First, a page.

Swine model for translational research of invasive intracranial monitoring

Jamie J. Van Gompel, Mark R. Bower, Gregory A. Worrell, Matt Stead, Thomas R. Meier, Stephan J. Goerss, Su Youne Chang, Inyoung Kim, Fredric B. Meyer, W. Richard Marsh, Michael P. Marsh, Kendall H. Lee

Research output: Contribution to journalArticlepeer-review

11 Scopus citations


Focal cortical epilepsy is currently studied most effectively in humans. However, improvement in cortical monitoring and investigational device development is limited by lack of an animal model that mimics human acute focal cortical epileptiform activity under epilepsy surgery conditions. Therefore, we assessed the swine model for translational epilepsy research. Swine were used due to their cost-effectiveness, convoluted cortex, and comparative anatomy. The anatomy has all the same brain structures as the human, and in similar locations. Focal subcortical injection of benzyl-penicillin produced clinical seizures correlating with epileptiform activity demonstrating temporal and spatial progression. Swine were evaluated under five different anesthesia regimens. Of the five regimens, conditions similar to human intraoperative anesthesia, including continuous fentanyl with low dose isoflorane, was the most effective for eliciting complex, epileptiform activity after benzyl-penicillin injection. The most complex epileptiform activity (spikes, and high frequency activity) was then repeated reliably in nine animals, utilizing 14 swine total. There were 20.1 ± 10.8 [95% confidence interval (CI) 11.8-28.4] epileptiform events with >3.5 Hz activity occurring per animal. Average duration of each event was 46.3 ± 15.6 (95% CI 44.0-48.6) s, ranging from 20-100 s. In conclusion, the acute swine model of focal cortical epilepsy surgery provides an animal model that mimics human surgical conditions with a large brain and gyrated cortex, and is relatively inexpensive among animal models. Therefore, we feel this model provides a valuable, reliable, and novel platform for translational studies of implantable hardware for intracranial monitoring.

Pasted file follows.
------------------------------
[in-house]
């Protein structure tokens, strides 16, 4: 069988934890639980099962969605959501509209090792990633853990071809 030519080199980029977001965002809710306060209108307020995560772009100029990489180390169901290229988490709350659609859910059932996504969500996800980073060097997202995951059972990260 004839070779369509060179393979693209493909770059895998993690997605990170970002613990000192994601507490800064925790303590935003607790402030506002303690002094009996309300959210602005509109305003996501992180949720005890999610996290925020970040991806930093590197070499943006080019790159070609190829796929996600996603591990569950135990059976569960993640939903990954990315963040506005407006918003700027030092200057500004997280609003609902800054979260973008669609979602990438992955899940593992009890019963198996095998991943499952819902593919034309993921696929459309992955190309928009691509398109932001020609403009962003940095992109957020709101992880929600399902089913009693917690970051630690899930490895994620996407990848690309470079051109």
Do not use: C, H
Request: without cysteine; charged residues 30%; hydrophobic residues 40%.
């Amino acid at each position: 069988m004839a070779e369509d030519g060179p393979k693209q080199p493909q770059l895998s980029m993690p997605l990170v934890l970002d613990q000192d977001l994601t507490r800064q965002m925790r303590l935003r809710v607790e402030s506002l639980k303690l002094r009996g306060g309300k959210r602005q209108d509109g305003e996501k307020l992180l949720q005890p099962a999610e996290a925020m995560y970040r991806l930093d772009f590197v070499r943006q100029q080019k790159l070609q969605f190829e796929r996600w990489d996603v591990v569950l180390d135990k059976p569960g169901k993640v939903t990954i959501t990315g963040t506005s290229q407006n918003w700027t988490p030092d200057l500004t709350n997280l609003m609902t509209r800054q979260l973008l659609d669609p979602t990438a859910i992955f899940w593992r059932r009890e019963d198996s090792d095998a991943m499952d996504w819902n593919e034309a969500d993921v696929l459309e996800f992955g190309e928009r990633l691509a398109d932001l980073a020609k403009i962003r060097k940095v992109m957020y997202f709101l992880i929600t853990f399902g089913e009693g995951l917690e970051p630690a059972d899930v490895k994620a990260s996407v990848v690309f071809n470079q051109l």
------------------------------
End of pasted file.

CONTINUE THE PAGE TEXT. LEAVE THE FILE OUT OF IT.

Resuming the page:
Original languageEnglish (US)
Pages (from-to)e49-e53
Issue number6
StatePublished - Jun 2011


  • Animal Model
  • Electroencephalography
  • Epilepsy
  • Pig
  • Swine
  • Translational Research

ASJC Scopus subject areas

  • Neurology
  • Clinical Neurology


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